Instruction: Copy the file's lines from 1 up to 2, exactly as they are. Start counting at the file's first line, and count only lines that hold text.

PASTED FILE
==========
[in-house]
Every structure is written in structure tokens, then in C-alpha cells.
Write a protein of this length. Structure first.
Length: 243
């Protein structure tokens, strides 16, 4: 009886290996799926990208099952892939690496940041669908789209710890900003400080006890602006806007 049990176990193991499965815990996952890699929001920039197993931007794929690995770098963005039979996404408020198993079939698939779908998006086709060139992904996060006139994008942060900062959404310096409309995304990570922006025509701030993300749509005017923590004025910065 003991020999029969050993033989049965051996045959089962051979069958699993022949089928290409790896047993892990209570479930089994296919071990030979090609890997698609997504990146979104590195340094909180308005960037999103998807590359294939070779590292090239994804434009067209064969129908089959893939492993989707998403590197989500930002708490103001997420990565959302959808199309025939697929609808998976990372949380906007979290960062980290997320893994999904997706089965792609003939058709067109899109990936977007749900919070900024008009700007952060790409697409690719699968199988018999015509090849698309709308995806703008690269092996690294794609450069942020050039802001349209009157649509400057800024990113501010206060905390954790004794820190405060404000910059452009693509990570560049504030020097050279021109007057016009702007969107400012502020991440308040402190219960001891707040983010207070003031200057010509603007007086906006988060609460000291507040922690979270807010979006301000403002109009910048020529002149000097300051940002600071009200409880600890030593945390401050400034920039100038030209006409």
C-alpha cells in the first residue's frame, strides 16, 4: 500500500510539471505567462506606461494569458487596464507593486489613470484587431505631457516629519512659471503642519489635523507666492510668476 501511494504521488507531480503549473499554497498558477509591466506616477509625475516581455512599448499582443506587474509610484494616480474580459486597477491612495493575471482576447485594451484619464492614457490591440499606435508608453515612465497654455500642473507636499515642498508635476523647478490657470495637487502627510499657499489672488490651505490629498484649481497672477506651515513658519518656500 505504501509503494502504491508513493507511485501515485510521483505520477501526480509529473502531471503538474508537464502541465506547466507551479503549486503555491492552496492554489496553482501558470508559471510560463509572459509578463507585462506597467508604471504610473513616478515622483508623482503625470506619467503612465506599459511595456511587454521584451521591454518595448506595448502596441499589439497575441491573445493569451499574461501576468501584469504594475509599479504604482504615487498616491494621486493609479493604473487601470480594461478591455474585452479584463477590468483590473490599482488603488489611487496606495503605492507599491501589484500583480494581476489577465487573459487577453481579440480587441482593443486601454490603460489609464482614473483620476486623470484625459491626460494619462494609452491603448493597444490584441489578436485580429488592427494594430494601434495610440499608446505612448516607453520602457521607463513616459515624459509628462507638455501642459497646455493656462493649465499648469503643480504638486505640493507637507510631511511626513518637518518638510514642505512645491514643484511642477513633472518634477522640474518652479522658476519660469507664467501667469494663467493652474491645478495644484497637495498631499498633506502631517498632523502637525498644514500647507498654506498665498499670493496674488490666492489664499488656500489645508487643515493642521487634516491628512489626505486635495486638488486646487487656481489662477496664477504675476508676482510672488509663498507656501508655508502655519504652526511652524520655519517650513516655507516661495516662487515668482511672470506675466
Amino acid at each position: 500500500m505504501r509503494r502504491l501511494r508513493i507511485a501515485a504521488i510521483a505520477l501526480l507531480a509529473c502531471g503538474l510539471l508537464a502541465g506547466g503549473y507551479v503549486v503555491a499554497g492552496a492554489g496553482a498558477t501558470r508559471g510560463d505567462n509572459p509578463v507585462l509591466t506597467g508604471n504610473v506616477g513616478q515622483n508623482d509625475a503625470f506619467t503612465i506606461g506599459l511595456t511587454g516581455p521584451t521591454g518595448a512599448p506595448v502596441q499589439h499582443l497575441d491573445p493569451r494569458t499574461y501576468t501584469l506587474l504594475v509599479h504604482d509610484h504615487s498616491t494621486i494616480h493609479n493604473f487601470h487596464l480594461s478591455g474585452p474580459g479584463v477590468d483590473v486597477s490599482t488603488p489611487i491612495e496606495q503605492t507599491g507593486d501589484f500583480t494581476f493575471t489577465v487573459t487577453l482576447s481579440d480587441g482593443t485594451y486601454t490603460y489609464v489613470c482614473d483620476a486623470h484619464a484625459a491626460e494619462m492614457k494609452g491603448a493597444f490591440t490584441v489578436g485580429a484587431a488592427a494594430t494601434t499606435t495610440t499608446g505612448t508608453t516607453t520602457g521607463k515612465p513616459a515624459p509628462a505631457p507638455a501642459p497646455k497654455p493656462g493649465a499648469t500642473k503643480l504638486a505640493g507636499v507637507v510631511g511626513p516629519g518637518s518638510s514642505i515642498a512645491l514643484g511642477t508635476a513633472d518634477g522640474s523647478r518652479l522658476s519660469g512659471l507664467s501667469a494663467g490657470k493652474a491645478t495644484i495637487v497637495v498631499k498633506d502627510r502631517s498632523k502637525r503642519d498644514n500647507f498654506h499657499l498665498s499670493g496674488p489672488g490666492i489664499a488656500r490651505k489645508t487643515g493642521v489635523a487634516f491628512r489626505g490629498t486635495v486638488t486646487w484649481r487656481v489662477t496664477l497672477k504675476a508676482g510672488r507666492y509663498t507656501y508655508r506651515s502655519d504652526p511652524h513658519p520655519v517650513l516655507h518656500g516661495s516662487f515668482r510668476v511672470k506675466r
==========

[in-house]
Every structure is written in structure tokens, then in C-alpha cells.